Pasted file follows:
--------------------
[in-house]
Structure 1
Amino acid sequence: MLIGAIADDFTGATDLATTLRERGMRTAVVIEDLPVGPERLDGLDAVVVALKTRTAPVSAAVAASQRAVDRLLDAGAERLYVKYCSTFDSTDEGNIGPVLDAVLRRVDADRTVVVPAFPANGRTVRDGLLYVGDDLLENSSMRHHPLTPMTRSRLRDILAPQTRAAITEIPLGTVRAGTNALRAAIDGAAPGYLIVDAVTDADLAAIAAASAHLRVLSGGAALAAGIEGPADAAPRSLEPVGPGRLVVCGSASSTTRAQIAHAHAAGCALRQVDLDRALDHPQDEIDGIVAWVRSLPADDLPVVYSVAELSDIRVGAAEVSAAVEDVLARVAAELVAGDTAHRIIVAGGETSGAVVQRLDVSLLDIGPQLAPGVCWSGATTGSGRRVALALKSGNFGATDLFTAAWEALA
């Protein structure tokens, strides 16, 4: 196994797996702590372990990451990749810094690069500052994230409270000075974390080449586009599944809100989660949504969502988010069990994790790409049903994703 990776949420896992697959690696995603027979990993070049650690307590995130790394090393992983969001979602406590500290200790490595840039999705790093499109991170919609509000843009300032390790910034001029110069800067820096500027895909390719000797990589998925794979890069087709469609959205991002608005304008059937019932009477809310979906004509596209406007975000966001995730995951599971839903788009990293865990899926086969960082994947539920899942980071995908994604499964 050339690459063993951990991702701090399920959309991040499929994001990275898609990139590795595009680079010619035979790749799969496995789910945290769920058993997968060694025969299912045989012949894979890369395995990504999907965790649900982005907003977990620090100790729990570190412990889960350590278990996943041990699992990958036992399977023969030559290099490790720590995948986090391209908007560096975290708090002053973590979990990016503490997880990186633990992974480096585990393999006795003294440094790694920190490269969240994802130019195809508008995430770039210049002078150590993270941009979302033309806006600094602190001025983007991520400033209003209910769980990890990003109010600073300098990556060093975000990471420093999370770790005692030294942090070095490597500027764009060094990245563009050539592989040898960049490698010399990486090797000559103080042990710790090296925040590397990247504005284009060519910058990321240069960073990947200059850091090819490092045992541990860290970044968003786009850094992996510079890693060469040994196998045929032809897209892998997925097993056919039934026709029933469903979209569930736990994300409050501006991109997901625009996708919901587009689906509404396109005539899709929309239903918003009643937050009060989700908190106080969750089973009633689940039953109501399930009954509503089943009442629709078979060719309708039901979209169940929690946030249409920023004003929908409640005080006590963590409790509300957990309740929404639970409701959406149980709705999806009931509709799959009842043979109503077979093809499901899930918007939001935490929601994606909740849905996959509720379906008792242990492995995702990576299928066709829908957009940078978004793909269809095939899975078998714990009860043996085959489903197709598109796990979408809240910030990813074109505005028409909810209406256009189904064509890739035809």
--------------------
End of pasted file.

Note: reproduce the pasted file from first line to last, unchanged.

[in-house]
Structure 1
Amino acid sequence: MLIGAIADDFTGATDLATTLRERGMRTAVVIEDLPVGPERLDGLDAVVVALKTRTAPVSAAVAASQRAVDRLLDAGAERLYVKYCSTFDSTDEGNIGPVLDAVLRRVDADRTVVVPAFPANGRTVRDGLLYVGDDLLENSSMRHHPLTPMTRSRLRDILAPQTRAAITEIPLGTVRAGTNALRAAIDGAAPGYLIVDAVTDADLAAIAAASAHLRVLSGGAALAAGIEGPADAAPRSLEPVGPGRLVVCGSASSTTRAQIAHAHAAGCALRQVDLDRALDHPQDEIDGIVAWVRSLPADDLPVVYSVAELSDIRVGAAEVSAAVEDVLARVAAELVAGDTAHRIIVAGGETSGAVVQRLDVSLLDIGPQLAPGVCWSGATTGSGRRVALALKSGNFGATDLFTAAWEALA
């Protein structure tokens, strides 16, 4: 196994797996702590372990990451990749810094690069500052994230409270000075974390080449586009599944809100989660949504969502988010069990994790790409049903994703 990776949420896992697959690696995603027979990993070049650690307590995130790394090393992983969001979602406590500290200790490595840039999705790093499109991170919609509000843009300032390790910034001029110069800067820096500027895909390719000797990589998925794979890069087709469609959205991002608005304008059937019932009477809310979906004509596209406007975000966001995730995951599971839903788009990293865990899926086969960082994947539920899942980071995908994604499964 050339690459063993951990991702701090399920959309991040499929994001990275898609990139590795595009680079010619035979790749799969496995789910945290769920058993997968060694025969299912045989012949894979890369395995990504999907965790649900982005907003977990620090100790729990570190412990889960350590278990996943041990699992990958036992399977023969030559290099490790720590995948986090391209908007560096975290708090002053973590979990990016503490997880990186633990992974480096585990393999006795003294440094790694920190490269969240994802130019195809508008995430770039210049002078150590993270941009979302033309806006600094602190001025983007991520400033209003209910769980990890990003109010600073300098990556060093975000990471420093999370770790005692030294942090070095490597500027764009060094990245563009050539592989040898960049490698010399990486090797000559103080042990710790090296925040590397990247504005284009060519910058990321240069960073990947200059850091090819490092045992541990860290970044968003786009850094992996510079890693060469040994196998045929032809897209892998997925097993056919039934026709029933469903979209569930736990994300409050501006991109997901625009996708919901587009689906509404396109005539899709929309239903918003009643937050009060989700908190106080969750089973009633689940039953109501399930009954509503089943009442629709078979060719309708039901979209169940929690946030249409920023004003929908409640005080006590963590409790509300957990309740929404639970409701959406149980709705999806009931509709799959009842043979109503077979093809499901899930918007939001935490929601994606909740849905996959509720379906008792242990492995995702990576299928066709829908957009940078978004793909269809095939899975078998714990009860043996085959489903197709598109796990979408809240910030990813074109505005028409909810209406256009189904064509890739035809």